All abstracts should be submitted electronically to the symposium committee at firstname.lastname@example.org and should be no more than 300 words. Deadline for submissions is January 1, 2010 and students will be notified electronically about their acceptance status by January 15, 2010.
A Measure of Place: Space in Text and Context
5-7 February 2010, McGill University, Montreal
Historical and fictional figures alike, from Odysseus, to Neil Armstrong, to thousands of twentieth and twenty-first century refugees, have struggled with a persistent and defining question: where can one be in the world? Implied in this question are both the parallel, complementary question of where one cannot be, and the complex determinants behind habitation, belonging, exile, and other spatial states. The English Graduate Students’ Association at McGill University will consider these and other issues at its 16th Annual Conference, A Measure of Place: Space in Text and Context. “Space” is here understood n material, public, domestic, digital, and institutional terms. What are the politics of space in a climate of diaspora, mass-migration, and genocide? What are the relations and tensions between public and private space in a given text, or at a given historical moment? What does it mean to speak of virtual or digital space? How do we live and perform our subjectivities in space, and what are the ways in which those spaces are policed? How do these overlapping spatial considerations find articulation in cultural practices of artistic, religious, and intellectual expression?
While this conference emerges from the field of literary studies, our contention is that answering these questions demands an interrogation of the very intellectual paradigms from which they are asked; thus, we invite contributions dealing with space from a range of historical, political, theoretical, and disciplinary points of view. Please send abstracts of 300 words or less, together with a short biographical statement of no more than 50 words, to email@example.com by 20 November 2009.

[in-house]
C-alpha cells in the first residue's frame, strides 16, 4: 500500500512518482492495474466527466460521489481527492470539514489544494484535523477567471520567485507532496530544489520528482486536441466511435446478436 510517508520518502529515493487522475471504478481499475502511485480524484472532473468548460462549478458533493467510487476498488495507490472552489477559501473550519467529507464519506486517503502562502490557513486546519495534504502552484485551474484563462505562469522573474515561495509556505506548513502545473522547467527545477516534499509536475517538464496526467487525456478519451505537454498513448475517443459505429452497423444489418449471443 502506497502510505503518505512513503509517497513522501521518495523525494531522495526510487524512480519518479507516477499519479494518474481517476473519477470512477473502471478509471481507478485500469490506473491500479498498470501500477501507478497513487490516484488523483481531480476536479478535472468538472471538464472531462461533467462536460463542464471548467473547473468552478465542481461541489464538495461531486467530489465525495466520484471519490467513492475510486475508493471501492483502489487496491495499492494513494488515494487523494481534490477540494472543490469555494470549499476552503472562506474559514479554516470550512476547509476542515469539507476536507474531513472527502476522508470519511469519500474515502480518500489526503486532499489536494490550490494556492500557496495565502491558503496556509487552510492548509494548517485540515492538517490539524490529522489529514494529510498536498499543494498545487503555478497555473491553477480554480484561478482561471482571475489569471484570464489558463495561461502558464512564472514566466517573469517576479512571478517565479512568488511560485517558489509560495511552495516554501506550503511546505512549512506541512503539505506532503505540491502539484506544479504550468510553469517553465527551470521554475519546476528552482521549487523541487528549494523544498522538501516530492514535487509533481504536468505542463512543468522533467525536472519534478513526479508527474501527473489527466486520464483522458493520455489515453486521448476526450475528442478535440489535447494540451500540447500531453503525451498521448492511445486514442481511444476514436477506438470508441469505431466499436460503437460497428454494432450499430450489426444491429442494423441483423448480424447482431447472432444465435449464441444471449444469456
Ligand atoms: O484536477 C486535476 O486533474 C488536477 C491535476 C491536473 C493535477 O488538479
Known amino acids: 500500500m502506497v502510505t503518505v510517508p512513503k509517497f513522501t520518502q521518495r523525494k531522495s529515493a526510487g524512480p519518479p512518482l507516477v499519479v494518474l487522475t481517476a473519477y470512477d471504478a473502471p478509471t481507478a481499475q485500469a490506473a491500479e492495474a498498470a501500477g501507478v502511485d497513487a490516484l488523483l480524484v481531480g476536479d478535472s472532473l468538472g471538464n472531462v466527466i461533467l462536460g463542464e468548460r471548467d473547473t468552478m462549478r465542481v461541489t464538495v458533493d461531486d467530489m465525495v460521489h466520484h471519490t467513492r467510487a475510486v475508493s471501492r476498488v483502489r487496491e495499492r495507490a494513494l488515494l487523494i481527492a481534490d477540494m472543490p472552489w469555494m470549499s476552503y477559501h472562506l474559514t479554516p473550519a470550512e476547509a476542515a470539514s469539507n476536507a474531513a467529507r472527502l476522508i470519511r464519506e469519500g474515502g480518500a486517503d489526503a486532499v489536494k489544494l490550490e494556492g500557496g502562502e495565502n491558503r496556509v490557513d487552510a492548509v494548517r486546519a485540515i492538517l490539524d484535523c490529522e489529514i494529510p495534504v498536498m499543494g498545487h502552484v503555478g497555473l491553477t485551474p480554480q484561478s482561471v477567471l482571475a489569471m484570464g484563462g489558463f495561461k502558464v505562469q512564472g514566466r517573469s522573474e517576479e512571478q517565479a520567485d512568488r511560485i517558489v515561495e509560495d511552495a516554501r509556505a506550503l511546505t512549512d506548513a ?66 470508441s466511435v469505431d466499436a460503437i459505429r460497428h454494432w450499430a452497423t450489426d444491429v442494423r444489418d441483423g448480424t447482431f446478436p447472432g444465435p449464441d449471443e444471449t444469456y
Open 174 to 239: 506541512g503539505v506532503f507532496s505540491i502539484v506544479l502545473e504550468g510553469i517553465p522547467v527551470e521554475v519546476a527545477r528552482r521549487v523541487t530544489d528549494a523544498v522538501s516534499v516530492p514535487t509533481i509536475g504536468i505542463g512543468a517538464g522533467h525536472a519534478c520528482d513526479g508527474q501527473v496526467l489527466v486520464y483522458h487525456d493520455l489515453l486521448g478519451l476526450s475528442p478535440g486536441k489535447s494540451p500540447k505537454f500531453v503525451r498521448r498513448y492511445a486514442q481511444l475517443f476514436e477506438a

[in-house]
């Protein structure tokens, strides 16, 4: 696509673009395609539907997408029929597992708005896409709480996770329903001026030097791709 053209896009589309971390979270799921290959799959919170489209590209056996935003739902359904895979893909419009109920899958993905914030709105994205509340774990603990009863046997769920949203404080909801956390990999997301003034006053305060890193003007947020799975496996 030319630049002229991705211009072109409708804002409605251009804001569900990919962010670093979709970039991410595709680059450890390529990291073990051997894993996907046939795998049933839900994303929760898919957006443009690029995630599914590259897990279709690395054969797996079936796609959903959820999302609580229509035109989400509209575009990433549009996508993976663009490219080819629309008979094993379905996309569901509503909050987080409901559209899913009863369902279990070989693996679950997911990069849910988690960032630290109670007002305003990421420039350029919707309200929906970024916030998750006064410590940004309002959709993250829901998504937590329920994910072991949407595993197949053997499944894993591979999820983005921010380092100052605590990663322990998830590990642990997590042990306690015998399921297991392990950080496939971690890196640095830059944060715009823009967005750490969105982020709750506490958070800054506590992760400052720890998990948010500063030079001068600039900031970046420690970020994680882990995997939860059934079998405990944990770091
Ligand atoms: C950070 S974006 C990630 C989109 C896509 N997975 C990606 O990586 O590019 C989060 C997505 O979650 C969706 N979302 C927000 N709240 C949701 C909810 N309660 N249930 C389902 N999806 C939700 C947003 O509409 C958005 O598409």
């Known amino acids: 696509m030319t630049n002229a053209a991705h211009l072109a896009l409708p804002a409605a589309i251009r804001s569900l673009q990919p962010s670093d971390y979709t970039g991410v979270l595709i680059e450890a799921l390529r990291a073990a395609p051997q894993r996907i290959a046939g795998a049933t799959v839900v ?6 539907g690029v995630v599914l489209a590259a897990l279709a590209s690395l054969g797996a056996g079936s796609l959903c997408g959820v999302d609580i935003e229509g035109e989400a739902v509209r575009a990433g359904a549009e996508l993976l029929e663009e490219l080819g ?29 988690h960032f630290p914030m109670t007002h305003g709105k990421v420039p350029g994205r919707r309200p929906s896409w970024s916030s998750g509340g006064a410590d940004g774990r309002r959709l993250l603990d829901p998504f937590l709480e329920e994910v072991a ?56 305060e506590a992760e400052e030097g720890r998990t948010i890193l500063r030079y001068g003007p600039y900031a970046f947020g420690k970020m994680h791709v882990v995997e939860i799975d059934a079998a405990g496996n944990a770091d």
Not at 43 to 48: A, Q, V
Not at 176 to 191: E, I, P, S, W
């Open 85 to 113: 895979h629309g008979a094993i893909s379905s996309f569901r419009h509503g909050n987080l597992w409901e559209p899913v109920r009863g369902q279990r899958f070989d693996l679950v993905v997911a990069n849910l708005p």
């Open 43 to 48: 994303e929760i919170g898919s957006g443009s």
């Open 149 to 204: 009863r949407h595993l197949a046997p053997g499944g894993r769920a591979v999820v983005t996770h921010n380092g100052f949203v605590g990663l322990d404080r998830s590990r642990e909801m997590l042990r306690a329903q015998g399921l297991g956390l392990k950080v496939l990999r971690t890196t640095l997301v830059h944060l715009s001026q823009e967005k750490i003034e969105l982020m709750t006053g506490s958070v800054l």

You may propose a paper on a particular topic, which will then be grouped into a panel; alternately, contributors may coordinate to propose panels of two or three papers, so long as all relevant abstracts are submitted together, along with a brief description of the panel, by the 20 November deadline.
Topics to consider include:
-aesthetics of space: auditory, visual, tactile, and aromatic environments
-marginal urban spaces (“slums,” “ghettos,” “vice zones”)
-mobility, disability, and space
-lieux de mémoire; space and nostalgia
-human space and/as natural space; ecocriticism
-cartography, geography, travel, tourism
-the geographical construction of identity; national, local, and transnational spatial narratives; space vs. sense of place
-the uncanny and space; powers over space; exceptional bodies and physical space
-ceremonial and performative spaces; public versus private spaces; the making of publics
-controlling spaces (domestic, public); physical and mental imprisonment; solitary spaces
-gendered and sexualized spaces
-liminal or interstitial spaces; heterotopias; outer space; undergrounds/above-grounds
-textual spaces; author, scribe, and text; digitized textual spaces and cyberspace
-the possibilities and difficulties of representing space in visual and textual media
-spaces of knowledge: the archive, library, clinic, university
In its October issue, Science Magazine reports that “Archaeologists Alarmed by Turkey’s Proposed Dig Rules.” Turkey’s Culture and Tourism Ministry is considering implementing rules that could require that excavation seasons last at least 4 months and that a Turkish co-director be appointed for each dig. The full story is at http://www.sciencemag.org/cgi/content/full/326/5952/510-a .
And, the New York Times featured an article entitled “When Ancient Artifacts Become Political Pawns”, published October 23rd, examining Egypt’s demand that the Neues Museum in Germany return a bust of Nefertiti. For the full story, visit http://www.nytimes.com/2009/10/24/arts/design/24abroad.html?_r=1&emc=eta1 .